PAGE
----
Richard Carter's "Black Rain, Red Crows", varnished acrylic on paper, 52 x 60 inches.

Richard Carter: “Future Beauty” Paintings on Exhibit at David Floria

ASPEN–Richard Carters New Paintings:  Future Beauty, constitute a 44-painting series, exploring fire in its contemporary apocalyptic forms””forest fires, prairie fires, fires burning oil in the Gulf of Mexico from the Deep Horizon well, flames of meteor fragments entering the atmosphere.  He will show some of them – and an unrelated suite of seven digital prints – at David Floria Gallery in Aspen from September 10 to October 6.

“Even as we dread the catastrophic environmental disasters awaiting us in the future there is to be found a strange majestic beauty in the functioning of nature”¦,” the artist writes in a statement.

Rooted in realism, Carters paintings explore that imagined beauty in thick layers of acrylic on paper or board. He uses intense color contrasts”” brilliant oranges and green blacks, pale yellows and deep blacks, cobalt blues and red oranges, which may or may not have their equivalents in nature.  The heavily brushed underpainting of orange or black or white is overlaid with froths of other colors.  Flames and trees are brushed or drawn or dripped.  Flames paint the sky sometimes crimson, or chartreuse. Embers float in the sky like stars.

Richard Carter

Richard Carter

In the process of creating the works Carter sprayed some of the surfaces with water, which gives those areas the softness and translucence of watercolor.  There are drips, spatters, nods to the “action painting” that Carter, growing up in Teaneck, New Jersey in the 1950s, said he was aware of going on in nearby Manhattan, or in Pollocks  Springs, East Hampton studio.   Carters finished work sometimes contains figurative elements, but not always.  There are series within the series””the “drip paintings” inspired by images of Russian forest fires, the “red rain” paintings, the “black rain” paintings, the “starry night” paintings.

Future Beauty marks Carters return to painting, and color, after a seven or eight year hiatus, years he spent mostly drawing. His wife Claudette had died; the last of his black-and-white work hed sketched as he sat with her as she weakened.

After he moved back from Santa Monica to a new house and studio in Basalt, with the Roaring Fork running past, drawing became primary.  Before Future Beauty, in which fire transforms worlds, came a powerful weather series: graphite drawings of lightning, jagged strikes illuminating the dark plane above mountains (inspired by the deeply carved peaks in the Frying Pan drainage), and later, over lakes and oceans. He showed 16 of these graphite drawings in his first solo show at Floria in January 2009.

The new, color paintings began as a response, he said, to the destruction going on around us in the natural world. He was looking at images online and in books. He tried exploring fire in pencil, but the black-and-white drawings “didnt cut it,” he says, didnt convey the fireness of fire. “Some days Id do nothing but read the New York Times and stare at the walls,” he said.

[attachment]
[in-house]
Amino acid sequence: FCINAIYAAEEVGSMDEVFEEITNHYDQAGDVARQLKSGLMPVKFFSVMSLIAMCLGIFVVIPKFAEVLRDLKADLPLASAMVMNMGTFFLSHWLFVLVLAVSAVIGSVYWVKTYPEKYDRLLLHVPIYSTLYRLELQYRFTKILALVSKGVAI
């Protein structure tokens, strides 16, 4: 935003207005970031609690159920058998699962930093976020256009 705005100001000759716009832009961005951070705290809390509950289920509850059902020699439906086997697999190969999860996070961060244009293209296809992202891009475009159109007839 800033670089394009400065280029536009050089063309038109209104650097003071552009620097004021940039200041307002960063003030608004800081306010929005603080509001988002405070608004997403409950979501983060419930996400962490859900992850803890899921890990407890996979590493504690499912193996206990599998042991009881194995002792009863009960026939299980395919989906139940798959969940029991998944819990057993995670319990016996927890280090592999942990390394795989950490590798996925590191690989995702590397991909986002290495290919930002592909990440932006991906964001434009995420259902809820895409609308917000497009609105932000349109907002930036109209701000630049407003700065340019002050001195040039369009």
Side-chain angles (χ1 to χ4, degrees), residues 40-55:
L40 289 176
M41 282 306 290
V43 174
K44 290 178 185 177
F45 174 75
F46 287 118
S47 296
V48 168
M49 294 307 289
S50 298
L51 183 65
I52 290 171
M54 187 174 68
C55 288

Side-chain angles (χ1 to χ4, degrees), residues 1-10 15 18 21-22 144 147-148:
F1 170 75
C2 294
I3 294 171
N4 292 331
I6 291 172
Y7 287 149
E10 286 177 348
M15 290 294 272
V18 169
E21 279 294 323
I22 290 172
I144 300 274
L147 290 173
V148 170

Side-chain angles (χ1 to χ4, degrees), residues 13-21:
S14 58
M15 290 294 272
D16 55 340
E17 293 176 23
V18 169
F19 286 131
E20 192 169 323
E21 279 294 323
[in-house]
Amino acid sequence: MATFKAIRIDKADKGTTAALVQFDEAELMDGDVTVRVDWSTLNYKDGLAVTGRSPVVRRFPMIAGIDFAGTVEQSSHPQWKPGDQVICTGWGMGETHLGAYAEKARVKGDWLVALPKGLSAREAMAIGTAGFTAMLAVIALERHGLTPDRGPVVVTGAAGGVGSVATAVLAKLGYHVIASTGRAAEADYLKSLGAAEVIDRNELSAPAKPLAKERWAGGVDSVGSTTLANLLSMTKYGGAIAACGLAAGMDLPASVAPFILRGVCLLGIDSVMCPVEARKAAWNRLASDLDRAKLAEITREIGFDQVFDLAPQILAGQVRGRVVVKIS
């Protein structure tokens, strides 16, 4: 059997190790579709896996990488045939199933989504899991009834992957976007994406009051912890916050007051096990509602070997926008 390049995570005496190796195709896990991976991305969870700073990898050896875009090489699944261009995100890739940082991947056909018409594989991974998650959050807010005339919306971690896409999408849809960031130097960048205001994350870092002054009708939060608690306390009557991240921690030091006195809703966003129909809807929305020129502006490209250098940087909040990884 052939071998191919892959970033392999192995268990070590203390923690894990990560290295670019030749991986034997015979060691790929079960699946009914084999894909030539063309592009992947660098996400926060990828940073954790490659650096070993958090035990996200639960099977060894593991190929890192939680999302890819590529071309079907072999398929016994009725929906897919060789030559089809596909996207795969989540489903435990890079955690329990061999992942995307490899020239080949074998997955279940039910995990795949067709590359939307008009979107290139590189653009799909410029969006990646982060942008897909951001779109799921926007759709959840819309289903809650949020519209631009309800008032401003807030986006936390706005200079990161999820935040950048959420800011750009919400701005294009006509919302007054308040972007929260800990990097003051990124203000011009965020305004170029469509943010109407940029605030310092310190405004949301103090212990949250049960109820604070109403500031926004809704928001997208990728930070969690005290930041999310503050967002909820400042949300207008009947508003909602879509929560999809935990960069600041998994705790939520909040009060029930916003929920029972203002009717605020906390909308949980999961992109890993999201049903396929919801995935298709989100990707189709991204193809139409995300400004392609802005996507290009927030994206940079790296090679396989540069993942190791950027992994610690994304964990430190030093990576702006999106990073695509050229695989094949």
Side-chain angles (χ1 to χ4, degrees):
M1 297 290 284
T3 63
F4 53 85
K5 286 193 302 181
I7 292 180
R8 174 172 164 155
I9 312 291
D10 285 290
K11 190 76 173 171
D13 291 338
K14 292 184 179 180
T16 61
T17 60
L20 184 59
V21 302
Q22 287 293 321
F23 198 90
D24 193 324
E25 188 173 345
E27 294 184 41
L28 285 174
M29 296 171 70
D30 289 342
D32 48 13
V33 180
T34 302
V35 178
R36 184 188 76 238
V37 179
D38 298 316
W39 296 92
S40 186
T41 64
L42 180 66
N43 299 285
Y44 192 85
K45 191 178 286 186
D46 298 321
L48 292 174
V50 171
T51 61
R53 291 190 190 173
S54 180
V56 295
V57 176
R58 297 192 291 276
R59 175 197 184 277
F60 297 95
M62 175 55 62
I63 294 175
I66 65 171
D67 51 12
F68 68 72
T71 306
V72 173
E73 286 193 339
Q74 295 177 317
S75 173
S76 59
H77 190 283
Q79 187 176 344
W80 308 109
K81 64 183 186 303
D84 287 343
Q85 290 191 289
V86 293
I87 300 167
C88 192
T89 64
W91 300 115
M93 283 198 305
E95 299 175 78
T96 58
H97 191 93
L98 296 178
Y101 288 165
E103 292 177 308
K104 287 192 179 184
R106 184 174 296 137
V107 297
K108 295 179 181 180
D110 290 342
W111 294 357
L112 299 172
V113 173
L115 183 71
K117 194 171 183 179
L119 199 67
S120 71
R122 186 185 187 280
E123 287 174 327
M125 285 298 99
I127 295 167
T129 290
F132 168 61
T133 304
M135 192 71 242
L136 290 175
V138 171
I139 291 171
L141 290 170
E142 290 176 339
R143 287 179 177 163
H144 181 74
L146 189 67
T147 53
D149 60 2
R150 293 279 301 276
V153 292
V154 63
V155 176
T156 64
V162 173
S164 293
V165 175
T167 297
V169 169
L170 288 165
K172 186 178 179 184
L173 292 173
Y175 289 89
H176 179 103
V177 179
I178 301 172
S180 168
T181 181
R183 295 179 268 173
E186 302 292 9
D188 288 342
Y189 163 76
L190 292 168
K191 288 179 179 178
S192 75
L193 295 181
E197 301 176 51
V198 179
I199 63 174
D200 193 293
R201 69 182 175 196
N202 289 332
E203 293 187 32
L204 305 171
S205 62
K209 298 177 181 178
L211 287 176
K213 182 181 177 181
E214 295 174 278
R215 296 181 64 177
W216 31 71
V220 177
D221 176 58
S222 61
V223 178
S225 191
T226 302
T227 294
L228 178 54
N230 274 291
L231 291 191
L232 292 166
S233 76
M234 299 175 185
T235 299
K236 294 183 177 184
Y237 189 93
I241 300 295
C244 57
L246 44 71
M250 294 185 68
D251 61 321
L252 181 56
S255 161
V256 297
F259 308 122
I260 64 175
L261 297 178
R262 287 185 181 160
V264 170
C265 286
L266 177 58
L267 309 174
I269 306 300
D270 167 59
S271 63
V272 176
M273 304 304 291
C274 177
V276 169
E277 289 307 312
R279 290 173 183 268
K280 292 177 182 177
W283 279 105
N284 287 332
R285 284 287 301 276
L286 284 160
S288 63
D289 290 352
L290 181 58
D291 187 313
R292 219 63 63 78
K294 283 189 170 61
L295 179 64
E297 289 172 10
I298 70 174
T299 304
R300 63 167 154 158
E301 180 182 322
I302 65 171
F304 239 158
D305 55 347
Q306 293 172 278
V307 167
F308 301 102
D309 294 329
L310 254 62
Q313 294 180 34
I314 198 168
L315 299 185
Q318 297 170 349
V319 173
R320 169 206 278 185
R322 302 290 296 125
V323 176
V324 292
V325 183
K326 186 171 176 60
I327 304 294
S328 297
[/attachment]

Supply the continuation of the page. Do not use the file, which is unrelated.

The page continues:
Response #28 is Black Rain, Red Crows, varnished acrylic on paper, 52 x 60 inches.  The colors are of the forest–deep greens, moss browns, luminescent grays, smoky shades of deep purple in the shadows, spatters of yellow, blue, red, green. The brush strokes are thickly laid and layered. The forest is primeval, dark, blurred.  The forest floor is golden.  Is it the fire?  Fallen leaves?  The black rain is as regular and closely spaced as a steady drizzle from the sky. The crows, a smallish flock, red, rising, though not without looking downward, are drawn and painted over the black rain.   Deep in the background are slivers of light””can the crows go there?  Is there hope?  We dont know.

Richard Carter

Richard Carter

Carter, who says hes a big fan of crows”””theyre social, theyre smart, they mate for life, they travel in family groups, they recognize people, theyre part of the same family as jays and ravens and magpies “¦” used to see them “flying across his view plane” during breakfast on his terrace in L.A.   They were part of his daily landscape.

Here, to remind the viewer of the extraordinary qualities of birds that many of us in the west see every day, he paints them red, the color that denotes, depending on the culture, passion or love or death.  They provide the point of view, the possibility of narrative, and they cant be missed.

In Murder of Crows, acrylic on paper, 24 x 50 inches, a larger flock of red crows appear to inspect the glowing bronze-gold color field below, parts of which rise as flames do, though without the specific definition of flames, into smoke and darkness.  There is nowhere for the crows to land.  The scape is overlaid with drips of black paint, the black rain, and spattered with tiny yellow dots.  The colors are elegant””the golds of Klimt, or Asian scrolls””but the effect is both surreal and disturbing.Fires place in memory is primal.  Memories are burned.  Afterimages of fire linger, burned into our retinas.   Afterimages of the paintings linger.
The digital prints, Tempest l-Vll, are dark, Paynes blue-black gray, small-scale, horizontal, seemingly stormy seascapes that echo Carters earlier Night Sky and Iceberg work.  Iris printed from the inked and drawn images left on the tape Carter used to mask the borders of his Night Sky paintings, theyre “super gestural,” he says, also completely accidental – and as objects, are lovely.

September 10 to October 6, 2010 at the David Floria Gallery, 525 East Cooper Avenue, Suite 201, Aspen, CO   81611, 970-544-5705. See

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